In 2003, Kathryn joined the faculty at the Institute of Culinary Education and has since helped to launch ICE’s own culinary study abroad programs. She has also proved a formidable competitor in National and Regional pastry competitions, and has even been the Master of Ceremonies for a number of pastry events, including the live Carymax World and National Pastry Championships.

Back in ICE’s New York teaching kitchens, Chef Kathryn aims to create extreme scenarios that challenge students to think on their feet. In 2011, she published a best-selling guide to crafting French macarons, which was described by the Wall Street Journal as the most “comprehensive and inspiring” book on macarons in any language. In 2016, Chef Kathryn also published a companion cookbook entitled Les Petits Sweets: Two Bites Desserts from the French Patisserie.

Inspired by her attention to detail and determined focus, it’s no surprise that Kathryn’s students have gone on to find their own significant success. Two, in particular — Dana Loia of Dana’ Bakery and Kathleen Hernandez of Cocoamains— have followed in her footsteps, opening entrepreneurial macaron businesses catering to NYC’s latest dessert craze.

celebratory summer cocktail

Ready to launch a rewarding and creative career in Pastry & Baking Arts? Click here for more information on ICE’s career programs. 

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By Tina Whelski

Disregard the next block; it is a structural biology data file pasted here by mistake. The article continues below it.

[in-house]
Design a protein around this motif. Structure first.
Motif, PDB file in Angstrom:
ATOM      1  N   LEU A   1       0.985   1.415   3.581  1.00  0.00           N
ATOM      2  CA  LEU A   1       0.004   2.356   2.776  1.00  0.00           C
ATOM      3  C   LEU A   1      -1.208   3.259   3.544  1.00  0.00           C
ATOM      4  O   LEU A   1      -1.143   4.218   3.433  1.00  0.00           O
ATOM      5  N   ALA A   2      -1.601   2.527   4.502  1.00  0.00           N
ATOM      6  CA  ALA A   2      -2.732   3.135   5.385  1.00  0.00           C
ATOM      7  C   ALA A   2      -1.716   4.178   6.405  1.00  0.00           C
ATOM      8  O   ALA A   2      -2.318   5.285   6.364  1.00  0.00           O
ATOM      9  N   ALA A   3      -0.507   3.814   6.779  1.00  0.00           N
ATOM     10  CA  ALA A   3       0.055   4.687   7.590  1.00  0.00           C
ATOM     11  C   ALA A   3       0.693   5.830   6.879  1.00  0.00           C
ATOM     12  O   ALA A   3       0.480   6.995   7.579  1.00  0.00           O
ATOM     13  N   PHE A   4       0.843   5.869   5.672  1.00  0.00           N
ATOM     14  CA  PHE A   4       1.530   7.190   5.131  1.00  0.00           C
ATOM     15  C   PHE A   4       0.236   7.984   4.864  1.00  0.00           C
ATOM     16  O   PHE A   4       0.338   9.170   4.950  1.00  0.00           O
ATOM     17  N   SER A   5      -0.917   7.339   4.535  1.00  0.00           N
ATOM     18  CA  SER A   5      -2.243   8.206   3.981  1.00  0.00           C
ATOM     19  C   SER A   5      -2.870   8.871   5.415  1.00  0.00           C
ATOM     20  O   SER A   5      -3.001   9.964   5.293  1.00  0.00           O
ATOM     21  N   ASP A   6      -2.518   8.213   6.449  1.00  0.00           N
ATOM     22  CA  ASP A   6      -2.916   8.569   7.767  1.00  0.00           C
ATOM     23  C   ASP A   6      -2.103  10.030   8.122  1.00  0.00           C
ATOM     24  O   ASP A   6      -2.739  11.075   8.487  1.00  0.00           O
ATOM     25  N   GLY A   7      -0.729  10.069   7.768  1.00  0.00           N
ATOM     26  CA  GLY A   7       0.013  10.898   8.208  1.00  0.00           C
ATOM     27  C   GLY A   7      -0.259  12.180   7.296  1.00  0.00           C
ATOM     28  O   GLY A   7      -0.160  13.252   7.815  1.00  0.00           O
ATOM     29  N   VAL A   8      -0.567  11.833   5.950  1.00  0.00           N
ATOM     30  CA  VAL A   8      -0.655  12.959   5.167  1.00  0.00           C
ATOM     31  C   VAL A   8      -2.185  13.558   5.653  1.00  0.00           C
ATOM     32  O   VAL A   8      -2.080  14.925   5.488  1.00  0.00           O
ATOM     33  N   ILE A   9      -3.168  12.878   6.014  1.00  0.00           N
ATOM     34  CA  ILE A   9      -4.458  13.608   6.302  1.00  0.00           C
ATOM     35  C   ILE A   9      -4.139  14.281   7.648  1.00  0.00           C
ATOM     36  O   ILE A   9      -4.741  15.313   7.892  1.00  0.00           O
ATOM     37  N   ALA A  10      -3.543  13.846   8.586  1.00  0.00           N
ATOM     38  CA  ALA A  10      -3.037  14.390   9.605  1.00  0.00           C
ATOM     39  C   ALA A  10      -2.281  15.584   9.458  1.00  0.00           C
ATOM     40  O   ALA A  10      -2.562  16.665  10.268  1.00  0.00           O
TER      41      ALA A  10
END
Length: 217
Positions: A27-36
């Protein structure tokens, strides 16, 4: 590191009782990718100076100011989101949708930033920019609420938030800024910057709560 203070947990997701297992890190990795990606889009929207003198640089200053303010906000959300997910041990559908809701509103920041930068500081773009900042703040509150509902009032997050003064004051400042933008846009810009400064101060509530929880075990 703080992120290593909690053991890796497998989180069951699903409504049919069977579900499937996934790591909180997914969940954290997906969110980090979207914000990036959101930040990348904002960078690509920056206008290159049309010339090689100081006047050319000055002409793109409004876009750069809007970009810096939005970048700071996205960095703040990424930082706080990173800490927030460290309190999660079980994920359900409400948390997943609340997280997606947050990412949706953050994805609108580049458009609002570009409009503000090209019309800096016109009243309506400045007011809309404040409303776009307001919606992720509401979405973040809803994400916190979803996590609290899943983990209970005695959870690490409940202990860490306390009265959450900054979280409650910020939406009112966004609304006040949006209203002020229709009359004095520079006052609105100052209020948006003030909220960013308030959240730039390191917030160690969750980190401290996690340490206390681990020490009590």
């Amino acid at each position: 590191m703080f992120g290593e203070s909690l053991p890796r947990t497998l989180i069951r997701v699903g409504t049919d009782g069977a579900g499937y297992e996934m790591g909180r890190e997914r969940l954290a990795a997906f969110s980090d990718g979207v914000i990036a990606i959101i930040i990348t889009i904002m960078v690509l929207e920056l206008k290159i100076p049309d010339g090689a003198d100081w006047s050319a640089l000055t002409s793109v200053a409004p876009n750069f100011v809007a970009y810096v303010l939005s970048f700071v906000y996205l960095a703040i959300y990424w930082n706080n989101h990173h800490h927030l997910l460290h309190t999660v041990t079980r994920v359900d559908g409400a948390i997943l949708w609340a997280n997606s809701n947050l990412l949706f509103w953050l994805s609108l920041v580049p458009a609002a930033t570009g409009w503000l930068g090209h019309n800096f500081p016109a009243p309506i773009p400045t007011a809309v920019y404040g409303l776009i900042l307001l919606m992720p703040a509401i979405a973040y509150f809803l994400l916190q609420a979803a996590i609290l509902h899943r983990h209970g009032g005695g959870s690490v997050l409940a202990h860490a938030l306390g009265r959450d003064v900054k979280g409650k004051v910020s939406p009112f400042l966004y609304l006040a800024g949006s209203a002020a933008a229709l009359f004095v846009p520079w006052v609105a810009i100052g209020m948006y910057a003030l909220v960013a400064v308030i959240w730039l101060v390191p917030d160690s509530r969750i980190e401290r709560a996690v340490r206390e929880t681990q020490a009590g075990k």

Anything worth having is worth waiting for, and that’s especially true with bread. 

Bread baking, especially when using wild yeast, is a faith-based enterprise,” says Chef Sim Cass, dean of bread baking at the Institute of Culinary Education (ICE). “You need to believe that the bread will rise. Then you have to have the patience required to get your perfect loaf.”

bread

A patient mindset is just one thing students will learn during Chef Sim’s 200-hour Techniques of Artisan Bread Baking course at ICE.

As the founding baker of Balthazar Bakery, London-born Chef Sim helped introduce New Yorkers to naturally fermented, European-style breads, earning him the nickname “the Prince of Darkness” for his deeply toasted, crusty loaves.

The holy grail of bread baking is to make bread with natural yeast,” says Chef Sim. “This dates back thousands and thousands of years. It’s basically using natural yeast that we get out of the air and growing a starter or a natural ferment to make our bread. That’s the base when you make sourdoughs and your nice rye breads. About half of the breads at Balthazar and Bread Ahead in London [where Chef Sim recently worked] are made with natural ferments. It’s the oldest way, but it is now the way of the best bakeries in the world. We’re all baking with natural ferment.”

Working with natural yeast, however, makes some aspiring bakers nervous.

“People are very intimidated by bread for some reason,” says Cass. “They tend to overthink it. It is difficult because it’s a series of methods to obtain one end product. It’s not like cooking. You have to make it over several days. It’s a series of small actions that end up having a good result.”

bread dough

During his career working in restaurants and bakeries around the world, Chef Sim has come to realize that the relationship between bread and people is really the same everywhere. The only difference is the flour.

“Different places have a hard time getting certain flours, so that’s all that changes,” says Chef Sim. “If you work with bakers in Japan or bakers in Australia or bakers anywhere, they’re all of the same head, which is cool.”

The mistakes people make are also universal.